Weekly Roundup: Mossy Green Solutions, Trickle-up Economics, World Toilet Day Woes
What’s innovative about moss, and how can the flowerless plant help pull people out of poverty?
You can read all about it in Beyond the Laboratory: Changing Lives through Hardware Technology Enterprises, a new publication which details five entrepreneurial success stories from Peru, where NESsT, in partnership with the Lemelson Foundation, has long supported technological products that generate sustainable income and employment. One of those stories involves sphagnum moss, which grows naturally in the Junín region of Peru, and is demand by orchid growers around the world.
It’s good news from an organization that’s impacting lives with solutions that have a limited impact on the environment.
Time for trickle-up economics?
Sohail Hasnie of the Asian Development Bank recently asked a great question: Electric vehicles can change the world if they’re adopted by those living at the base of the pyramid, so why are they being built and marketed almost exclusively for those at the top?
“Electric vehicles are the only option going forward,” he writes, adding, “This shift has implications for developing Asia, where there are about over 20 million auto-rickshaws or tricycles, double that number of motorcycles and even more boats, cars and trucks. … Why wait five-seven years for the technology to trickle down to bottom of the pyramid from the top, like the first-generation mobile phones? With the right enablers and public sector support, developing countries can move forward even faster from this point of no return if we tag along the developing world into the same transformation.”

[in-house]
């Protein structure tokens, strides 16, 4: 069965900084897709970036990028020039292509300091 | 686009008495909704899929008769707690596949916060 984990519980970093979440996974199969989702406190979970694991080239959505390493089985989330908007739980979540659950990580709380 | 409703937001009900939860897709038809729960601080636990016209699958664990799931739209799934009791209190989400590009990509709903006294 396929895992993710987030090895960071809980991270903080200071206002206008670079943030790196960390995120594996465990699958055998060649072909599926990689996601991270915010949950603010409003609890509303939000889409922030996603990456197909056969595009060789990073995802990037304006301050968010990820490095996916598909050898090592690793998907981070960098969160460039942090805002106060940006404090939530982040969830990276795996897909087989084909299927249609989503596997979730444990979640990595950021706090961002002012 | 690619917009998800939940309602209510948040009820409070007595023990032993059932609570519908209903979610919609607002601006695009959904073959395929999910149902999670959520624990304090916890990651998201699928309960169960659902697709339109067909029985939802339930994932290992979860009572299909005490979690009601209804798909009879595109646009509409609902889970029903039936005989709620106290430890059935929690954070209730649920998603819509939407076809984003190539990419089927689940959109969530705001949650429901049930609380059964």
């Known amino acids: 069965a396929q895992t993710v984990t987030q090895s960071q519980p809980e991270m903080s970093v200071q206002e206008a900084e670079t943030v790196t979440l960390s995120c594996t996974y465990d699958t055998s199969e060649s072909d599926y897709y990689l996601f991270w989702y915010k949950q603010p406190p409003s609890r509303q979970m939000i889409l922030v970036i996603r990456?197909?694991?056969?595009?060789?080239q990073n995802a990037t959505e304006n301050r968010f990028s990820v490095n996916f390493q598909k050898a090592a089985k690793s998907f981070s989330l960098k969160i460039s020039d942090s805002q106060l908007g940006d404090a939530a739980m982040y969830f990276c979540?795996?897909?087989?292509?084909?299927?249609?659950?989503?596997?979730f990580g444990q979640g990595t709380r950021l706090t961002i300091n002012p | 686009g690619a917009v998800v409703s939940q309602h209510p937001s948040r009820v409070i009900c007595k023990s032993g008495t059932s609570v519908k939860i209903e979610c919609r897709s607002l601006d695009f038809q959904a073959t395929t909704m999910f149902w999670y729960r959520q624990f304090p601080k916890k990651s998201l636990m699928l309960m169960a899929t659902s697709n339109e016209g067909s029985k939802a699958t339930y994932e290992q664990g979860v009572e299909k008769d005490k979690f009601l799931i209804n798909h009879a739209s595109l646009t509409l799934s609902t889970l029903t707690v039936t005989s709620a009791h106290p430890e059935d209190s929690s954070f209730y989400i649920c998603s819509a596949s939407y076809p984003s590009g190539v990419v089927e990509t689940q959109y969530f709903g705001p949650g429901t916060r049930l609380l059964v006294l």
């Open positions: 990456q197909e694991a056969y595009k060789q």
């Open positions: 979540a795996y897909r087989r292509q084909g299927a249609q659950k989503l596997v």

He makes some great points about global health, climate change and business development. It’s worth a read.
A New Kind of Annual Report?
Aavishkaar, one of India’s biggest venture capital funds focused on social enterprise, released a somewhat bifurcated annual report for 2016. This year the fund decided to take a deeper look at long-term impact when it comes to investee companies and the portfolio’s impact on society since it was created in 2002. Aavishkaar has invested in 52 companies across India and three others in Southeast Asia. Those firms have gone on to raise $459 million in additional financing and created 35,000 jobs, by Aavishkaar’s accounting. But it also estimates that 48.5 million people gained access to education, financial services, health care, water and sanitation as a result of those investments. While we can’t validate or refute these metrics, Aavishkaar has taken a noteworthy approach to reporting the intertwining of financial and social benefit – one that we hope other funds will emulate.
“More than ever, we need business leaders to champion the progressive world we want to see, as clearly most current political leaders seem incapable or unwilling to take on that role. Let’s each of us make it our quest not just to defend the progress that has been so fiercely fought for, but to accelerate progress between now and 2030.” – Zahid Torres-Rahman, founder and director of Business Fights Poverty
Renewables on a roll
In case you missed it, renewables have overtaken coal as a worldwide energy source.